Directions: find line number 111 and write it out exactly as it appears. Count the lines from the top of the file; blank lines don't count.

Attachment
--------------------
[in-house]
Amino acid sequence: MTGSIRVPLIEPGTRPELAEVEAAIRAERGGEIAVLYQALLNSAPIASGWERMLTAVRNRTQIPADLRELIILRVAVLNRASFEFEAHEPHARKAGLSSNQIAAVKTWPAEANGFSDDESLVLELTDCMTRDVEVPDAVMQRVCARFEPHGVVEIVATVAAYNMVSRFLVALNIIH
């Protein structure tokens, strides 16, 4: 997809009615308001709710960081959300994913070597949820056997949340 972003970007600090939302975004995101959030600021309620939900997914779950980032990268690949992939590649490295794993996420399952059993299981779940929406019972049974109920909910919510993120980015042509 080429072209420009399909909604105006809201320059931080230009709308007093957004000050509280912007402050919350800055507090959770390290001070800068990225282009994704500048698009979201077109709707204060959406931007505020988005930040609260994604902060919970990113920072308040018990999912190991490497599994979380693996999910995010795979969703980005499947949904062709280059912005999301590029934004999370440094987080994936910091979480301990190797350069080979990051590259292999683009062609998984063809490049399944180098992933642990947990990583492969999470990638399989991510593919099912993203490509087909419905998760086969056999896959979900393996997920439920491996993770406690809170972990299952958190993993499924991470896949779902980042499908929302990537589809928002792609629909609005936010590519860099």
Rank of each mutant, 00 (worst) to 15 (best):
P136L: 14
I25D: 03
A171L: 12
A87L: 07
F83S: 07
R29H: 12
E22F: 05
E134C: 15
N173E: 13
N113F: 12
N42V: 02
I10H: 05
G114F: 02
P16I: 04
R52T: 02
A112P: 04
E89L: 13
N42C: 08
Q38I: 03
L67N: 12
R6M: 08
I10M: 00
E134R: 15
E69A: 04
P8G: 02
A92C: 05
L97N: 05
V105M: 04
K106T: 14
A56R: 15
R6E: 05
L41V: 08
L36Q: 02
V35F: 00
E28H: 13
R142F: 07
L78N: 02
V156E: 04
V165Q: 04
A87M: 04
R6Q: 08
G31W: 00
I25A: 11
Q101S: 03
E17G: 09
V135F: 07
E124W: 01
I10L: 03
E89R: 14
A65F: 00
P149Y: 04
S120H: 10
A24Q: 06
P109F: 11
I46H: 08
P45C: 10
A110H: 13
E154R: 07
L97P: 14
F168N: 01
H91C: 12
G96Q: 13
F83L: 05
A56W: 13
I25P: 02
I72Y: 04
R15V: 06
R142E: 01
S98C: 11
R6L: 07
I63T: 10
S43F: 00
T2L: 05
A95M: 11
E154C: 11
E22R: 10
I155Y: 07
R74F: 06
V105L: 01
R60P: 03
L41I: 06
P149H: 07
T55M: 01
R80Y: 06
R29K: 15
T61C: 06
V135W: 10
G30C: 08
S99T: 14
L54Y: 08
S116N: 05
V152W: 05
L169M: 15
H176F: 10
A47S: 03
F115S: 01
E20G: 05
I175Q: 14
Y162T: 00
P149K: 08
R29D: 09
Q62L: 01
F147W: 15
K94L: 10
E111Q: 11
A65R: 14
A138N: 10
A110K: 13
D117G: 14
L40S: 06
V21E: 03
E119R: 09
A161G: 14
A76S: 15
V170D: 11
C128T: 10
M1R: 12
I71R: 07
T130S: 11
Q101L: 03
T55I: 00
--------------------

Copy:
A138N: 10